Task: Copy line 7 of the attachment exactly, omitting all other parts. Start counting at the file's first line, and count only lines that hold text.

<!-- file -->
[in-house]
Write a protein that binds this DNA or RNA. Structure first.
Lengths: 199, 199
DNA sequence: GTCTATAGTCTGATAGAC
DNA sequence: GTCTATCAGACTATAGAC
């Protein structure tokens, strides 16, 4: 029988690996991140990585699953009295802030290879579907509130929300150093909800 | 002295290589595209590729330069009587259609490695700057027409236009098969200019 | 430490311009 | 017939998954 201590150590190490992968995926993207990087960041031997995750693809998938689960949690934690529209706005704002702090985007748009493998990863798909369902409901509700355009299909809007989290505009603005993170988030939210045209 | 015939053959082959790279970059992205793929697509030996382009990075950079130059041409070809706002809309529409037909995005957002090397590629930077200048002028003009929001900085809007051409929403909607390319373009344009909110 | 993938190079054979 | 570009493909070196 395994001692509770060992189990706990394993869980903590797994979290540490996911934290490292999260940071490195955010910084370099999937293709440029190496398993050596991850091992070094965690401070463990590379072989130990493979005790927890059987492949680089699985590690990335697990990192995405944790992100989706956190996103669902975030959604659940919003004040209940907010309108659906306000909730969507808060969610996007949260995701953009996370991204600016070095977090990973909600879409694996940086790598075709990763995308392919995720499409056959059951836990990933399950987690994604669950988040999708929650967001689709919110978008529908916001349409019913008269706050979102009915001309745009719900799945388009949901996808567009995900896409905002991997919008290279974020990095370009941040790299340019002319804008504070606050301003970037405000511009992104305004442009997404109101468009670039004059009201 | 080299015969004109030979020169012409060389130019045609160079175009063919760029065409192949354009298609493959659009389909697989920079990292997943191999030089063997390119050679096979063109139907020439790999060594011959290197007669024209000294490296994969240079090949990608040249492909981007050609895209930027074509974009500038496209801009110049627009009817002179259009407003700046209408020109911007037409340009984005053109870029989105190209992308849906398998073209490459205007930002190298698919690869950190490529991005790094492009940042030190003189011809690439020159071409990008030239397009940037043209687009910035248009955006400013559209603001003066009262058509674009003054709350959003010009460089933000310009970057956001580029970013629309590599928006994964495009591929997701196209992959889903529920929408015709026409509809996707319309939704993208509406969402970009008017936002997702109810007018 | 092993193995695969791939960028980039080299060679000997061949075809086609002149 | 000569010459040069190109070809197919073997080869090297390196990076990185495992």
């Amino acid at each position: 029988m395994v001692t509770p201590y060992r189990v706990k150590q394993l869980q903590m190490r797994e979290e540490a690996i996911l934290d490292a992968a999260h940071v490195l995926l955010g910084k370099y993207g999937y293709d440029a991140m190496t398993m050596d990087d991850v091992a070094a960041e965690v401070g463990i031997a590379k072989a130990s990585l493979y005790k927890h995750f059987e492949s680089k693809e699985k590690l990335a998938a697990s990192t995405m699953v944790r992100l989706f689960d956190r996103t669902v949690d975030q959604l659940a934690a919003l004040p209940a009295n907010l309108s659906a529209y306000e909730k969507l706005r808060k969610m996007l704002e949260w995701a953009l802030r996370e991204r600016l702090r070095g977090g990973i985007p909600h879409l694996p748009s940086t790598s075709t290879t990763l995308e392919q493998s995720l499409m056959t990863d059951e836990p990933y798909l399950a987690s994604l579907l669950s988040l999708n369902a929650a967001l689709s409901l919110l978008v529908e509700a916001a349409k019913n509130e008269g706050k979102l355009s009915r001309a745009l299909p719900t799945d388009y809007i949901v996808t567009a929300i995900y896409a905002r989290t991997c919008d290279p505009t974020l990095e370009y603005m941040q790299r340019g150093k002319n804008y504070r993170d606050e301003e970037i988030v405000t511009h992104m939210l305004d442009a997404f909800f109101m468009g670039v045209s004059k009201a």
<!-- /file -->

């Amino acid at each position: 029988m395994v001692t509770p201590y060992r189990v706990k150590q394993l869980q903590m190490r797994e979290e540490a690996i996911l934290d490292a992968a999260h940071v490195l995926l955010g910084k370099y993207g999937y293709d440029a991140m190496t398993m050596d990087d991850v091992a070094a960041e965690v401070g463990i031997a590379k072989a130990s990585l493979y005790k927890h995750f059987e492949s680089k693809e699985k590690l990335a998938a697990s990192t995405m699953v944790r992100l989706f689960d956190r996103t669902v949690d975030q959604l659940a934690a919003l004040p209940a009295n907010l309108s659906a529209y306000e909730k969507l706005r808060k969610m996007l704002e949260w995701a953009l802030r996370e991204r600016l702090r070095g977090g990973i985007p909600h879409l694996p748009s940086t790598s075709t290879t990763l995308e392919q493998s995720l499409m056959t990863d059951e836990p990933y798909l399950a987690s994604l579907l669950s988040l999708n369902a929650a967001l689709s409901l919110l978008v529908e509700a916001a349409k019913n509130e008269g706050k979102l355009s009915r001309a745009l299909p719900t799945d388009y809007i949901v996808t567009a929300i995900y896409a905002r989290t991997c919008d290279p505009t974020l990095e370009y603005m941040q790299r340019g150093k002319n804008y504070r993170d606050e301003e970037i988030v405000t511009h992104m939210l305004d442009a997404f909800f109101m468009g670039v045209s004059k009201a």